Vilhelm Ekelund Criticism - Essay

Lars Gustafsson (essay date 1936)

(Twentieth-Century Literary Criticism)

SOURCE: "Vilhelm Ekelund," in Forays into Swedish Poetry, translated by Robert T. Rovinsky, University of Texas Press, 1978, pp. 65-71.

[In the following essay, Gustafsson analyzes Ekelund's poem "The First Spring Rain," noting the particular Swedishness of Ekelund's work.]

"Det första vårregnet"

Som ett nät av svarta spindelvävar
hänga trädens våta grenar.
I den tysta februarinatten
sjunger sakta, klingar, svävar
fram ur däldens snår och stenar
suset av en källas vatten.

I den tysta februarinatten
gråter himlen stilla.
-Syner, 1901

"The First Spring Rain"

Black, like webs from spinning spiders playing
branches, moisture-heavy, bend
In the silent February night
singing slowly, ringing, swaying
out of rock-strewn, brushy glen
sounds of wellspring, watery delight.

In the silent February night
cry the heavens softly.
-Visions, 1901

For the average Swede, Ekelund's poetry can occasionally take on an exotic quality, which comes about quite simply because his Scanian landscape truly is a foreign landscape. Our everyday experiences mean more to our relationship with a poem than we would normally imagine.

I remember how, while teaching Tomas Tranströmer to students at the University of Texas, I came to the wellknown line that reads: "like a sun-warm stone in my hand" ("som en solvarm sten i handen").

"That can't be," one of the students said immediately. "If somebody were to hold a 'sun-warm stone' in his hand, he'd get blisters. And he'd toss that stone away as fast as he possibly could."

Undoubtedly, this is how stones and men behave in the parched regions around Texas' Colorado River. Of course, that did not prevent the student from understanding what Tranströmer meant. I think the poem even became more interesting to him when he understood that this brief picture contained a wholly alien climatic experience.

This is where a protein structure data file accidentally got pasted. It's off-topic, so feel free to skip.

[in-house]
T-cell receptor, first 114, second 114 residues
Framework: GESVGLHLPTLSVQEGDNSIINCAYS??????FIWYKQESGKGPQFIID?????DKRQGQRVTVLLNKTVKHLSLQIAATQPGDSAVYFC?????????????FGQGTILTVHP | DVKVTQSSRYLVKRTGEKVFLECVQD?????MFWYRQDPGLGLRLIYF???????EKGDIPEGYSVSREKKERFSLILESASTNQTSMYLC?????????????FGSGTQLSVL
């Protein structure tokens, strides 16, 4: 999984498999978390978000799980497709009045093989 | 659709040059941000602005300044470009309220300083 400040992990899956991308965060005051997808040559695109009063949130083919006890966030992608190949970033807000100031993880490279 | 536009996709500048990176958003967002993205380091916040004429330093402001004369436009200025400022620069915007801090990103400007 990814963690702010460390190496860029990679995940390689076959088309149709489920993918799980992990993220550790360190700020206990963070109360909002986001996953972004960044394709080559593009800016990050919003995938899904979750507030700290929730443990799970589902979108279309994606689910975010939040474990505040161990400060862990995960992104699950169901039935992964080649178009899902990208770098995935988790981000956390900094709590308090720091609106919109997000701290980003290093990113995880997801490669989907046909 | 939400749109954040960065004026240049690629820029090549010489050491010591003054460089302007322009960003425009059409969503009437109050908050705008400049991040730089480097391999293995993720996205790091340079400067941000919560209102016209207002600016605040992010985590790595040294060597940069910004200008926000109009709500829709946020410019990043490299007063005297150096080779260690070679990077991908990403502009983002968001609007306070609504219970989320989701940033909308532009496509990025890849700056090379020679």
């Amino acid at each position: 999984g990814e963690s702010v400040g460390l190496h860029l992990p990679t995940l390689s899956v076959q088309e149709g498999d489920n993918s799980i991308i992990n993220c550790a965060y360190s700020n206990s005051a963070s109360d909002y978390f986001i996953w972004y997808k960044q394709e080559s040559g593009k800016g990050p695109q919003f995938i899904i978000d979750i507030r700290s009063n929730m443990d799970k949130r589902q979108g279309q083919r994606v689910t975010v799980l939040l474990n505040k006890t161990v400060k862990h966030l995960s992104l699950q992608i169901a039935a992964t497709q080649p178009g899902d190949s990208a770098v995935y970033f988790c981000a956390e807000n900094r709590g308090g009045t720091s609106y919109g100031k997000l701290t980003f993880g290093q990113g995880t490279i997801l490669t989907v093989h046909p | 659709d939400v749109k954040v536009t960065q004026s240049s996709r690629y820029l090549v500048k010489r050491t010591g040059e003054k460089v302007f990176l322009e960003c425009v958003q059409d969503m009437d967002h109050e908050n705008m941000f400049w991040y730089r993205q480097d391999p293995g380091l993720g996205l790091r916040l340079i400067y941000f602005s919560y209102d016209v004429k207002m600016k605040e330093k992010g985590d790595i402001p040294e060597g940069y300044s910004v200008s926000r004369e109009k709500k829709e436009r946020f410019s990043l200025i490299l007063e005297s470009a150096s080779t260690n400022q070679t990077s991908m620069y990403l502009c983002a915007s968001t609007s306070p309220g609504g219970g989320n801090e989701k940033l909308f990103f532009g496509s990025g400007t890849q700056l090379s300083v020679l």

For a reader from central or northern Sweden, February is a period of deep snow and dryness; arctic-clear days, when bullfinches and silktails come out from the deep woods in search of food; ice-cold nights, when contraction brought on by the chill causes a moaning and groaning in wooden houses, and shoes crunch on unplowed roads.

For Ekelund, "the silent February night" is the time when the landscape begins to shed silent tears. I think that a northern Swedish reader would more readily associate this experience with the beginning of April.

Differences which do not mean anything and, yet, most profoundly do mean something. They compel us to make an extra effort, and in this small exertion there is always a gain, a small electrical charge. I know of no more sterile an...

(The entire section is 1331 words.)

Leif Sjöberg and Niels Lyhne Jensen (essay date 1982)

(Twentieth-Century Literary Criticism)

SOURCE: "Early Scandinavian Symbolism by Leif Sjöberg (Stony Brook) and N. L. Jensen (Aarhus)," in The Symbolist Movement in the Literature of European Languages, edited by Anna Balakian, Akadémiai Kiadó, 1982, pp. 580-84.

[In the following essay, Sjöberg and Jensen discuss how Ekelund was influenced by early Swedish avant-garde poets.]

While avant garde Symbolist and Decadent coteries were forming in Paris after 1880, August Strindberg (1849-1912) and Ola Hansson (1860-1925) made great headway in developing an avant garde in Sweden, where by 1900 there were several counterparts to Parisian groups. Students at Uppsala University joined to form Les...

(The entire section is 1805 words.)